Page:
Dentists to feel bite of insurer’s fee cuts
Lower reimbursement rates could kill some practices, they say
Monday, May 30, 2011
A plan by the state’s largest dental insurance provider to cut reimbursement fees is raising concerns among Clark County dentists about their ability to stay in business and to serve their patients.
Jennifer Sigman, office administrator for Wendel Family Dental Centre, which has three offices in the Vancouver area, said the move by Washington Dental Service would cost Wendel “hundreds of thousands” of dollars annually in lost revenue.
It also would force the company, which employs 120 people, to issue many layoff notices, she said. That’s why Wendel is dropping Washington Dental Service, effective June 15 — the same date WDS’ insurance-fee cuts are slated to take effect.
“We just have to hope that our patients kind of let things roll out over the next six months,” Sigman said, “and give us a chance to get an idea of what to expect and where things are going to go from there.”
Washington Dental Service sees it differently. In an April 4 letter to dentists announcing the rate cuts, the company’s board of directors said it regrets the action but that it’s necessary to deal with difficult economic challenges.
Employers, seeking to reduce their employee benefit costs, are entertaining lower rates from WDS’ competitors and demanding the insurer lower its fees, according to the letter signed by the 14-member WDS board.
“If WDS does not reduce rates,” the board wrote, “employers are telling us they will obtain lower cost coverage elsewhere.”
State association weighs in
The flap underscores the fact that economic challenges in the ever-evolving health care industry aren’t limited to general hospitals and the practice of medicine. Dentists are feeling the bite, too.
The rate cuts planned by Washington Dental Service would lower reimbursement fees by an average of about 15 percent, according to the Washington State Dental Association, which has more than 4,000 members.
On April 27, the association issued a news release expressing its disappointment with WDS’ decision, saying it fears “such drastic changes to the fee structure” will have serious consequences for dentists and their patients, including layoffs at dental practices and fewer hours available to donate dental care to the needy.
Seattle-based Washington Dental Service, a member of the Delta Dental Plans Association — an organization that offers dental coverage nationally — provides insurance to an estimated 2.5 million patients in the state.
“Many dentists structure their practices using WDS patients,” said Zach Snyder, public policy coordinator for the Washington State Dental Association. And WDS has contracts to provide dental insurance with several major employers, including aerospace giant Boeing Co., Snyder said.
In its April 4 letter to dentists, Washington Dental Service’s board said lowering reimbursement fees wasn’t an easy decision and was based on an extensive analysis.
“For many years, WDS was able to provide annual provider fee increases that could be passed along to our customers,” according to the board. “In today’s competitive market this is no longer possible.”
Dr. Jill Markos, who has practiced general dentistry in Vancouver since 1993, said WDS has been a good insurance carrier for years. However, the organization hadn’t raised its insurance rates to cover inflation for the last three years, she said.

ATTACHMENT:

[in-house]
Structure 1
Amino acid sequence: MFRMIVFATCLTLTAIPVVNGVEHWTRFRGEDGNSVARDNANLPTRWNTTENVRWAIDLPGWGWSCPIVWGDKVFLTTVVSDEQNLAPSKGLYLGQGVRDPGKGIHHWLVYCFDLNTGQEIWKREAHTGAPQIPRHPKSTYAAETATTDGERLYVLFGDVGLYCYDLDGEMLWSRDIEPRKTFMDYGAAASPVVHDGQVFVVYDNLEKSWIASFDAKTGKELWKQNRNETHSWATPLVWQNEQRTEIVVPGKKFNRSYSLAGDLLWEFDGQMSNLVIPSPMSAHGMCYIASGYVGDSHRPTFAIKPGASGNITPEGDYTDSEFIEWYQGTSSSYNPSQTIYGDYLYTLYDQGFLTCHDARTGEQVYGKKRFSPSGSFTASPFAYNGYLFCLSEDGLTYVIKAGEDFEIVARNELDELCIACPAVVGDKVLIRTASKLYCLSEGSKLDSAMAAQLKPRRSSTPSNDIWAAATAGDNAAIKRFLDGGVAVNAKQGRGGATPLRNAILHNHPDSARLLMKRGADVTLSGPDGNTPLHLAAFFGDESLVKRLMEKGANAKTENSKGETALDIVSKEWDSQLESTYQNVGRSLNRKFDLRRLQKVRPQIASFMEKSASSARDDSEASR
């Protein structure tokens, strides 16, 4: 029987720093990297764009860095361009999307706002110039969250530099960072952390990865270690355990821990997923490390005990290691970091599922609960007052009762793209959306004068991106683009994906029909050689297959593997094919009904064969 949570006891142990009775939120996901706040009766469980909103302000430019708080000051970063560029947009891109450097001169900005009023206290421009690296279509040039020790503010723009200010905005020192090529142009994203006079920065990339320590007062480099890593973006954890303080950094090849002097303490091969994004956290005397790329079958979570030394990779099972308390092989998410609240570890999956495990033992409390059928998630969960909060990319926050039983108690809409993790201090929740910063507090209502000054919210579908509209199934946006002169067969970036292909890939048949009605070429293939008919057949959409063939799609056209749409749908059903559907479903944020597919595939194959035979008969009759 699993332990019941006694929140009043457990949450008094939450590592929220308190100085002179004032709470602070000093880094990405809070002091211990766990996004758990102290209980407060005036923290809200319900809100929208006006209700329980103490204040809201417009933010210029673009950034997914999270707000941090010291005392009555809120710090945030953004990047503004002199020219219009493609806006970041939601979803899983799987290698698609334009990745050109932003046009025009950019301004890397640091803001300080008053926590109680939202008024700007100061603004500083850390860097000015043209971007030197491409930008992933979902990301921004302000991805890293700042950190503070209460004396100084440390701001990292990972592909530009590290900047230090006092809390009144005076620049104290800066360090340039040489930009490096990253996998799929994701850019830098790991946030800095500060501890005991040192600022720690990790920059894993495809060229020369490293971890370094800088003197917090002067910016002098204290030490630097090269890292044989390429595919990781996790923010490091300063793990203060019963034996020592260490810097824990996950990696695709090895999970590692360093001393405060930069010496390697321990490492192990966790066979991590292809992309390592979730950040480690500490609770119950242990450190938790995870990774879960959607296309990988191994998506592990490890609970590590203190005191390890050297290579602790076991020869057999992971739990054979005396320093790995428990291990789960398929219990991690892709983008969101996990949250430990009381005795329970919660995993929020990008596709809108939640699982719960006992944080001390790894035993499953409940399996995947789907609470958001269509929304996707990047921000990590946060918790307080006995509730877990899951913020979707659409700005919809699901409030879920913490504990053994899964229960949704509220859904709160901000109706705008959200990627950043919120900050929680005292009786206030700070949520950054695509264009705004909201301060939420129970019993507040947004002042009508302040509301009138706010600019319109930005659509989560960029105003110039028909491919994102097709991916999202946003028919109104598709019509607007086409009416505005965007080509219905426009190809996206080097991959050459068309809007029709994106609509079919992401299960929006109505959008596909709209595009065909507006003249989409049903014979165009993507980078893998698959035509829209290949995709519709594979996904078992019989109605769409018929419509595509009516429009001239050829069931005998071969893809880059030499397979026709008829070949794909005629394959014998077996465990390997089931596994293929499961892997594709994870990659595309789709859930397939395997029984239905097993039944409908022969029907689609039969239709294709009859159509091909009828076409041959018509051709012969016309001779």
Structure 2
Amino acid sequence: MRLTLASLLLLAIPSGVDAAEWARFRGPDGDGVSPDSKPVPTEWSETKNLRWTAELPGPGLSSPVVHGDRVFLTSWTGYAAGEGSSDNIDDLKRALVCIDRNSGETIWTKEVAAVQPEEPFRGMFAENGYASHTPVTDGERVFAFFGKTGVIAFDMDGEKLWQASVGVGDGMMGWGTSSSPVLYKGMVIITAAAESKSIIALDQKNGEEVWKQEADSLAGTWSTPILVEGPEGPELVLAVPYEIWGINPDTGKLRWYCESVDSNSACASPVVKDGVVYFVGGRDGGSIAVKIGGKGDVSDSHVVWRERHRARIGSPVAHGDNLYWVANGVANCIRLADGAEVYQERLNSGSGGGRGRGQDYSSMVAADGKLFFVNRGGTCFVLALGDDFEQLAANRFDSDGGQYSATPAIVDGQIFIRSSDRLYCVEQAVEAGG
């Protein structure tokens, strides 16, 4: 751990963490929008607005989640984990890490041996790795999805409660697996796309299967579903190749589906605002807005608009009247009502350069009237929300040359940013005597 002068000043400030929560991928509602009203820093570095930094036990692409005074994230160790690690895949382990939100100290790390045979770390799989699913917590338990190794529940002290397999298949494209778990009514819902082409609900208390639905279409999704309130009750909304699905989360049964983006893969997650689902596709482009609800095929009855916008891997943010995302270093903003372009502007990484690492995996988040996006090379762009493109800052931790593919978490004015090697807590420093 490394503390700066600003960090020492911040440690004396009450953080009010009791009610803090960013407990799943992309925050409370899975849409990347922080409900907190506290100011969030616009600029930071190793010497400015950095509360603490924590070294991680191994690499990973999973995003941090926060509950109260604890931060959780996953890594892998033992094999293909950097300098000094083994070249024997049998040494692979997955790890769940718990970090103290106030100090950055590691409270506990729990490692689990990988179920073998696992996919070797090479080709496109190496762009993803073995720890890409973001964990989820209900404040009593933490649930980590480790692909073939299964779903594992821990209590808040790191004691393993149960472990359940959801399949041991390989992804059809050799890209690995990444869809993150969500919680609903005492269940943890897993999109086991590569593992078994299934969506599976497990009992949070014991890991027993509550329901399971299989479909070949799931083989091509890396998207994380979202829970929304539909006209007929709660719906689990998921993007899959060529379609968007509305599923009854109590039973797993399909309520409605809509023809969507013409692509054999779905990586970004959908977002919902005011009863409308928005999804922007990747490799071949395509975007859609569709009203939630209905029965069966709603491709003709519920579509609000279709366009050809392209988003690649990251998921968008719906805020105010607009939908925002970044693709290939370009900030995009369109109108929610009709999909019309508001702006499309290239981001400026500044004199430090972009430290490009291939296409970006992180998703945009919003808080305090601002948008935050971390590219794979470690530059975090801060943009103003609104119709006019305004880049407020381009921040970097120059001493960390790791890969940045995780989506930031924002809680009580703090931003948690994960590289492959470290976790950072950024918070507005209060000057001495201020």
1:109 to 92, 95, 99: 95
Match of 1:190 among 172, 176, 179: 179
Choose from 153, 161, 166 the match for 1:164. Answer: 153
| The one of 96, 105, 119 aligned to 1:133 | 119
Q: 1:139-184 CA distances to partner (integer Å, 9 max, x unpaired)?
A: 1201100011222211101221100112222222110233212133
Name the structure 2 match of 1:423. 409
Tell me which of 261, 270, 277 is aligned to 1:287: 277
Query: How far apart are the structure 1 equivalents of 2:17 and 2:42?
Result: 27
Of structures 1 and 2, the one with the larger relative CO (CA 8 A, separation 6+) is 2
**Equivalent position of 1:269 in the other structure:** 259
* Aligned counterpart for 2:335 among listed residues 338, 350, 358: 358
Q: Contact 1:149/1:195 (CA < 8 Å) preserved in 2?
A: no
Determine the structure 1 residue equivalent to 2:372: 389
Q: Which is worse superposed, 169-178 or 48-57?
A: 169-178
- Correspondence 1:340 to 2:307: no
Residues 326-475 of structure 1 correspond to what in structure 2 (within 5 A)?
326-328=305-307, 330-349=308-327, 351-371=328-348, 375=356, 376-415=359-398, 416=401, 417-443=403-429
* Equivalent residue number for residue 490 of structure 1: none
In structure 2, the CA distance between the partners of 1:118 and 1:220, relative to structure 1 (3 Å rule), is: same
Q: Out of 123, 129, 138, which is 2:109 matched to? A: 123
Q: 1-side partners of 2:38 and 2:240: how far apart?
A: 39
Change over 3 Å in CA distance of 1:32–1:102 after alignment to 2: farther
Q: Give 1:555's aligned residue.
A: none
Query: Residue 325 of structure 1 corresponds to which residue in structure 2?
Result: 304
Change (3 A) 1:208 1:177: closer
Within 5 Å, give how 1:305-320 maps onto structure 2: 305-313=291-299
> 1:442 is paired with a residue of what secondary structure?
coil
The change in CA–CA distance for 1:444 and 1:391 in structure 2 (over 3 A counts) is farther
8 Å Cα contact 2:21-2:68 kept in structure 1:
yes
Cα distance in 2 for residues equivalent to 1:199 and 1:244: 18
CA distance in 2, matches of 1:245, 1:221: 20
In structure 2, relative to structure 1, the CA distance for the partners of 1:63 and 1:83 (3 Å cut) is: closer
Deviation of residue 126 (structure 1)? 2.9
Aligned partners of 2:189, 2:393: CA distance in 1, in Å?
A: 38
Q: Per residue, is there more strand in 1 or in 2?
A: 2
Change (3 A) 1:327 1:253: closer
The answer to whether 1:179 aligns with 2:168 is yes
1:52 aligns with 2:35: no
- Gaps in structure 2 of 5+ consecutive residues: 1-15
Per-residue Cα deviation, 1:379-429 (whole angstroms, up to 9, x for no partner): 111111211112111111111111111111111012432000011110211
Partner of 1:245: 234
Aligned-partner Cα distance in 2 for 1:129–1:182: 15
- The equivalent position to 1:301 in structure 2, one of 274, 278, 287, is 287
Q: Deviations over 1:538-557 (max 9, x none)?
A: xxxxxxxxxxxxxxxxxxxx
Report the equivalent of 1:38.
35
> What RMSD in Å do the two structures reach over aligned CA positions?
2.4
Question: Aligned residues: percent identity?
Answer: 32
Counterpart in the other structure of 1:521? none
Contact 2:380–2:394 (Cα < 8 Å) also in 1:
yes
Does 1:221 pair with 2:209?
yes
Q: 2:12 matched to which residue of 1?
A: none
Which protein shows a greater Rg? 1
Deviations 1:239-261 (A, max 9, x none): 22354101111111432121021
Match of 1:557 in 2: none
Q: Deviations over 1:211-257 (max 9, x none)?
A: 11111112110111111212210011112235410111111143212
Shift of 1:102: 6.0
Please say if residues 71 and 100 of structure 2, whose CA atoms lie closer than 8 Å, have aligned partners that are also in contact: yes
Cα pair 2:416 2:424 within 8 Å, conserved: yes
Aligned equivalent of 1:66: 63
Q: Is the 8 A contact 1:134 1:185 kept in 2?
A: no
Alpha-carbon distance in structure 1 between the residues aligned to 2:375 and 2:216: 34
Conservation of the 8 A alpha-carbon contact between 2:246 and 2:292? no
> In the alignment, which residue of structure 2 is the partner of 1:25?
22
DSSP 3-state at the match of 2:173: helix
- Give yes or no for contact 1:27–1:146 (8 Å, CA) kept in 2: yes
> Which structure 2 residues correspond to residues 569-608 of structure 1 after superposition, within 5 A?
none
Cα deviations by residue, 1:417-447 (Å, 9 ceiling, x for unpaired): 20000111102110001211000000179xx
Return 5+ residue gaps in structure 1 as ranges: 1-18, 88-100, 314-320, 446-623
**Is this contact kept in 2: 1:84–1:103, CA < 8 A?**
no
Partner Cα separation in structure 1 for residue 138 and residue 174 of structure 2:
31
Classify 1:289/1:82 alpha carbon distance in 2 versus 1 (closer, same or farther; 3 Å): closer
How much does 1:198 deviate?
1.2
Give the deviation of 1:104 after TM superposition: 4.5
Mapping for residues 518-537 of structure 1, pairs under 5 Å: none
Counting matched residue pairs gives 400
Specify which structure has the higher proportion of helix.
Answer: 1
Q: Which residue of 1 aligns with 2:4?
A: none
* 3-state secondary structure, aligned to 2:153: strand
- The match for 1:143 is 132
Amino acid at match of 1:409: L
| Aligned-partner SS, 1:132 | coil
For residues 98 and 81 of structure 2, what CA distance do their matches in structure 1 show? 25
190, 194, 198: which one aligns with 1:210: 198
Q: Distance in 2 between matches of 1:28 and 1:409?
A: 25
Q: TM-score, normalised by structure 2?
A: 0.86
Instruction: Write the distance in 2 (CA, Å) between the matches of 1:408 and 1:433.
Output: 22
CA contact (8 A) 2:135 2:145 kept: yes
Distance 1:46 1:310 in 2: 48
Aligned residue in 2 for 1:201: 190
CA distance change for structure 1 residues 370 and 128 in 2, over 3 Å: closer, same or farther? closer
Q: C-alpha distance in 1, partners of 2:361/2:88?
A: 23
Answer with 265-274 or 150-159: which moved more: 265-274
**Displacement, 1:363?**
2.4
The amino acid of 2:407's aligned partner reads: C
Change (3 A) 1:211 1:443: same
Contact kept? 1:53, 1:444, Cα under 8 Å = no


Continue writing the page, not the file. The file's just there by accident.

About 28 percent of her patients receive dental insurance through Washington Dental Service, Markos said. Now WDS wants to cut her existing reimbursement fees for everything from preventive care and fillings to crowns.
If she were to stay with WDS, Markos said, she’d take major losses in revenue.
So, just as Wendel has done, Markos has decided to cut ties with WDS. That will make her an out-of-network provider for patients who receive insurance through Washington Dental Service programs.
Markos said she expects she will lose some patients. However, she said, she has good relationships with other insurance carriers and no debts.
Markos said the fallout from the situation with Washington Dental has been strange. She recently received a letter from an overseas dental lab informing her that she could reduce overhead costs by contracting with the company.
Markos, who has her lab work done in Seattle, said she’s not going to do that.
What she plans to do is focus on persuading more people to come to her for their dental care. “I’m just going to pull myself up by the bootstraps, start doing direct mail and hitting harder on the Internet,” she said.
The Wendel dental practice sees about 7,000 to 8,000 patients annually who receive insurance through Washington Dental Service programs.
Sigman, the office administrator for Wendel, said she expects the dental practice will lose some of those patients because of its decision to end its relationship with WDS.
That’s because those patients won’t accept the higher out-of-pocket costs that will come with seeking dental care from an out-of-network provider.
However, Sigman said, “we have longtime patients who won’t leave.” Meanwhile, Wendel is working on some internal programs to help alleviate the higher out-of-pocket costs that some of its patients will experience, Sigman said. Sigman said Washington Dental Service’s decision to cut its rates is going to hit small dentistry offices harder than big ones. She predicted some dentists will be put out of business.
Sigman said she’s not sure how many patients Wendel will keep or lose because of the controversy with WDS. “It’s a risk we’re willing to take,” she said, “because we don’t want to be controlled by the insurance companies.”